Friday, May 6, 2011

To Mom

No, she'll never read this. She owns a computer and knows how to get on the Internet. Emails every once in a while, but has no patience when something goes wrong. And since I can totally relate to feeling incompetent when it comes to technology, I'm no help. But it's okay for her not to read my blog post, she knows how I feel and I'll be telling her in person tonight anyway.

My mom and I are very different. I love books, she loves TV. I think dogs are people, she'd rather never touch one if possible. Her idea of fun is dressing up and going to a fancy restaurant, mine is a hike in the mountains or a day at the beach. You get the picture. Sometimes I think we are complete opposites in just about everything.

And yet, maybe because she's my mother and I'm her daughter we only see perfection in each other.

Not recently, but she's mentioned that she wishes I'd get a "real" job rather than be a writer - however, she's convinced I'm the best author that ever lived. She tells me I'm a better cook than she is (I'm not); I'm the best mother ever (I'll share that title with her); and the list goes on - sometimes to an embarrassing extreme. And she believes all this, not because any of it is true, but I think because she sees me through that mother's lens that erases all the faults and only sees the good.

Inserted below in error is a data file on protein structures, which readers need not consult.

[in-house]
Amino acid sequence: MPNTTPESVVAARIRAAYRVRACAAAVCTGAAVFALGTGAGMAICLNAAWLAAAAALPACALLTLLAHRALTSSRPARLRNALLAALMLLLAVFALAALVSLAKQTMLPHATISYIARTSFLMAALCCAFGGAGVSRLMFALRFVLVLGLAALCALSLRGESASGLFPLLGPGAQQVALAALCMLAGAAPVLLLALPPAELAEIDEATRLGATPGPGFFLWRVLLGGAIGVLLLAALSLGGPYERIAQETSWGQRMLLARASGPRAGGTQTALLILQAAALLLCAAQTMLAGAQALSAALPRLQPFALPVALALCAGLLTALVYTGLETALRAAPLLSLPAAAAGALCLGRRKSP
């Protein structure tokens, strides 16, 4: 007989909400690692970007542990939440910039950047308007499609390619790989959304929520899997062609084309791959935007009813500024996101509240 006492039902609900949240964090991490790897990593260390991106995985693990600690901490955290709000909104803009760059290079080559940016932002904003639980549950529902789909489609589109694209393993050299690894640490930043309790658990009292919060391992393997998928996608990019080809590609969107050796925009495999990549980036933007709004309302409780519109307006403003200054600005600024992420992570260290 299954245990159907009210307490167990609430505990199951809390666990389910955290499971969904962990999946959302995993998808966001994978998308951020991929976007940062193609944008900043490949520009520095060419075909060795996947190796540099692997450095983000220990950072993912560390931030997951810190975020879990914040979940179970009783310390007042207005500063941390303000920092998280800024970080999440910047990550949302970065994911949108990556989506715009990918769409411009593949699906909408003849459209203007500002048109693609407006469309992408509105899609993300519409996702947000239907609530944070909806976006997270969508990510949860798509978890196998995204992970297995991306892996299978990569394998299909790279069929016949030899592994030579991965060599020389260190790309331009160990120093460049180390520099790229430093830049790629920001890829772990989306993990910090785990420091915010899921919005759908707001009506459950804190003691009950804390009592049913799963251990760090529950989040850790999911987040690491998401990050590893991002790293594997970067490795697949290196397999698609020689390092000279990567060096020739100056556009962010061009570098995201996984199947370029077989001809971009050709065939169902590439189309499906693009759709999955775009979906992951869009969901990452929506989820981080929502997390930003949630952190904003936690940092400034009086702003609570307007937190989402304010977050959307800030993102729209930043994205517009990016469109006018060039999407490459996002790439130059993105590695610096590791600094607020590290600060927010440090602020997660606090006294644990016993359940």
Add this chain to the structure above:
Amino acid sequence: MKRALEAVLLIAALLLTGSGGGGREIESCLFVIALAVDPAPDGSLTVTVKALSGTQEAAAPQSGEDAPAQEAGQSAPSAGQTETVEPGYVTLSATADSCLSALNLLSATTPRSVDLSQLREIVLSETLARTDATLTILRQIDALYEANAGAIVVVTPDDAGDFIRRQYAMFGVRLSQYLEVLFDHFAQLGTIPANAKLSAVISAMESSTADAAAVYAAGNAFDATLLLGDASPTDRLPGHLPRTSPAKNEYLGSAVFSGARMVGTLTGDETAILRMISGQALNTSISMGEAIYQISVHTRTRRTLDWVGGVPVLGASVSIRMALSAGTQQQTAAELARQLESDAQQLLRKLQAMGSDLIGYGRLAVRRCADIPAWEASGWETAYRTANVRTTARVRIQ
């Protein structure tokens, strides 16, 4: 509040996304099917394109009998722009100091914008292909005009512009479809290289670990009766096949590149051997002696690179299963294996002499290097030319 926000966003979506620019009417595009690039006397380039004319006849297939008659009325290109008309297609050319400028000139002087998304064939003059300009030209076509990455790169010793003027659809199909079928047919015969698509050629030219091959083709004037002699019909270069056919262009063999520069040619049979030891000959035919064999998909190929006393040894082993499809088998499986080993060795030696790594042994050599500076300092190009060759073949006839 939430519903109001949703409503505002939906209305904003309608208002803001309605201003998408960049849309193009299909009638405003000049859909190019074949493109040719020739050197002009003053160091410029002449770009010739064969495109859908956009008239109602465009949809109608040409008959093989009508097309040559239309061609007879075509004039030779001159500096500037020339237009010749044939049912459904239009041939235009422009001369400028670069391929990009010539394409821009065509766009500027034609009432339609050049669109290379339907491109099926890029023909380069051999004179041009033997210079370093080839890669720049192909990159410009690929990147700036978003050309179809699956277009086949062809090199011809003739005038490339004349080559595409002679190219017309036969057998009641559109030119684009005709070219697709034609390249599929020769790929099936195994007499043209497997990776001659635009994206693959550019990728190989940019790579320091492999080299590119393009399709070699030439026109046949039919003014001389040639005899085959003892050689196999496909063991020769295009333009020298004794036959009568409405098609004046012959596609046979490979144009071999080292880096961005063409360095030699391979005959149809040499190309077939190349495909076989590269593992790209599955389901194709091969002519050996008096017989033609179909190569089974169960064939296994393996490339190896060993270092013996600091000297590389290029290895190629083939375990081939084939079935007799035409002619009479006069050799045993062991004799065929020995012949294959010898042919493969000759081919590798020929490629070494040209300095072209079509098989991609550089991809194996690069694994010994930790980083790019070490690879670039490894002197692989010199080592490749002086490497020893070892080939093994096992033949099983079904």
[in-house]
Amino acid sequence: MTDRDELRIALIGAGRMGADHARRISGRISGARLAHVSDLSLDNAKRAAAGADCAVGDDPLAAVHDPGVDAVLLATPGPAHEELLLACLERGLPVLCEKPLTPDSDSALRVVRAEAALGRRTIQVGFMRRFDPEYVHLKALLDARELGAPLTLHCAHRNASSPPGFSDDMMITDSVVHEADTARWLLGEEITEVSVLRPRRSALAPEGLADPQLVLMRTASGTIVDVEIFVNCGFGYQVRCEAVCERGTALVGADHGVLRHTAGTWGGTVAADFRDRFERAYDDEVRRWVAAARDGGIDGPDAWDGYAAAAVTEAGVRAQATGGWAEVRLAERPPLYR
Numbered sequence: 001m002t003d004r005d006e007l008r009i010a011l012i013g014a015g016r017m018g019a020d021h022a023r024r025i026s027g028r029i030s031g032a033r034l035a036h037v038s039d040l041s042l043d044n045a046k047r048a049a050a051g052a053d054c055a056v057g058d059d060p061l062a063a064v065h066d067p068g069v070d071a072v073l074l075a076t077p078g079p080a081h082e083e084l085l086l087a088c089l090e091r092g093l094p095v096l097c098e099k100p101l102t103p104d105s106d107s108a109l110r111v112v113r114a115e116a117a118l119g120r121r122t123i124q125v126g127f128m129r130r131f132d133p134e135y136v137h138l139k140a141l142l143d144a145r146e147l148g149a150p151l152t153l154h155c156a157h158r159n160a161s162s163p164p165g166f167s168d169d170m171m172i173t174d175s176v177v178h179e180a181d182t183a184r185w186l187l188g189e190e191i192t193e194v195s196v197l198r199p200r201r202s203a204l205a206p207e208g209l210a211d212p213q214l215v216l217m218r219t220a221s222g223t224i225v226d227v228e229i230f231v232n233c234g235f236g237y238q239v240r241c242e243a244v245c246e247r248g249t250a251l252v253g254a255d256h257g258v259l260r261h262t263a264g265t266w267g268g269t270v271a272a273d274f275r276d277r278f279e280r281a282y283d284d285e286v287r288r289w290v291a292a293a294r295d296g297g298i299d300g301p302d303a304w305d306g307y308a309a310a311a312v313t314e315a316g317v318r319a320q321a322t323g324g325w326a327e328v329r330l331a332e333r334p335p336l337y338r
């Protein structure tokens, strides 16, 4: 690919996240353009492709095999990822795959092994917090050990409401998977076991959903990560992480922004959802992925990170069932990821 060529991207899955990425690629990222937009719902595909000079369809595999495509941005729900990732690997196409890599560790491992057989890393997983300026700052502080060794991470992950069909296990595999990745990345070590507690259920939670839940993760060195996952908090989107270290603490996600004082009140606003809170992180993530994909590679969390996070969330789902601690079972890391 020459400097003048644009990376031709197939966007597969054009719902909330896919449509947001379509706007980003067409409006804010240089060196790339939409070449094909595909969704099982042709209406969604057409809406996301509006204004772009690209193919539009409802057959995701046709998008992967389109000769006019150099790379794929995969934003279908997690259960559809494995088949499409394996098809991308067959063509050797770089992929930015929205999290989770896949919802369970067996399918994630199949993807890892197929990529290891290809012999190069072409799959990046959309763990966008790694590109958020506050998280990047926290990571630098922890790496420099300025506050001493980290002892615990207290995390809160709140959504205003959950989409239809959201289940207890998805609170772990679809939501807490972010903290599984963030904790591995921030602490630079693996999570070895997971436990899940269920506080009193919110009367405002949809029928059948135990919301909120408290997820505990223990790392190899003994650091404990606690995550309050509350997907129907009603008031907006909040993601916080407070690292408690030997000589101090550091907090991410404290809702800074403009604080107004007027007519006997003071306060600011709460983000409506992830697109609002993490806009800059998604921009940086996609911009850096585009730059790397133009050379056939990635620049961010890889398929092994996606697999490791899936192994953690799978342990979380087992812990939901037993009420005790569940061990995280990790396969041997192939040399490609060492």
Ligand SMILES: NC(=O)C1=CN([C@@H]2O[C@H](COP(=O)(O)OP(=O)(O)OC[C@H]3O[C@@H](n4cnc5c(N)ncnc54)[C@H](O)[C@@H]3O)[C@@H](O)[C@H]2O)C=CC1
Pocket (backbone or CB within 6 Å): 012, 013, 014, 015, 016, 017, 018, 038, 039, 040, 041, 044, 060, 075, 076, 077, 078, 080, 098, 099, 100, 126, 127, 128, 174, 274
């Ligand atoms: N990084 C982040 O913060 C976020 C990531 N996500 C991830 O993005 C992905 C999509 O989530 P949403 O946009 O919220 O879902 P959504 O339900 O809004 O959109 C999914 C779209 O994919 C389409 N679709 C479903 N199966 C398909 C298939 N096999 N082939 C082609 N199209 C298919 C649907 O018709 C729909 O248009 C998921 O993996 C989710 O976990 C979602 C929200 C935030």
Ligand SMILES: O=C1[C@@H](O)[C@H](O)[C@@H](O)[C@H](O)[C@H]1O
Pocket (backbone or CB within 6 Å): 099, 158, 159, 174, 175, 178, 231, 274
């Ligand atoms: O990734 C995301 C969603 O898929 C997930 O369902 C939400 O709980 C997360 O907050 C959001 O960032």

And to me, she's my inspiration. I'm forever amazed at all she has accomplished in her life, and by the incredible strength and determination she pulls from somewhere inside herself. Maybe it's because she lost her own mother when she was only 9-years-old and had to learn to be tough at a young age, I don't know. But at 74, she's still telling her children what to do, taking care of grandchildren, taking yoga and belly-dancing classes. She was doing marathons in her sixties and attending rock concerts. She had the strength to go through a major divorce in her fifties knowing that she would have no way to support herself, and that as an Argentine woman it would be frowned upon. All this in the second half of her life. In my office I have a picture of her on a motorcycle when she was in her teens and have heard stories of how she stood in front of tanks when the military dictatorship threatened the citizens in the streets of Argentina. When I asked about this, she laughed and said it was fun. Fun? I would have been scared to death. I also often question if I would have had the nerve to move to a foreign country where I didn't speak the language or know anyone, like she did.

My mother is soft-spoken, and sweet, and doesn't appear strong at all. But she is. And I'm so grateful that I've had the chance to learn from her and thankful that she's my mom.

Love you, Mom! Happy Mother's Day.

I would love to year about your moms and their stories. Let's celebrate our mothers.



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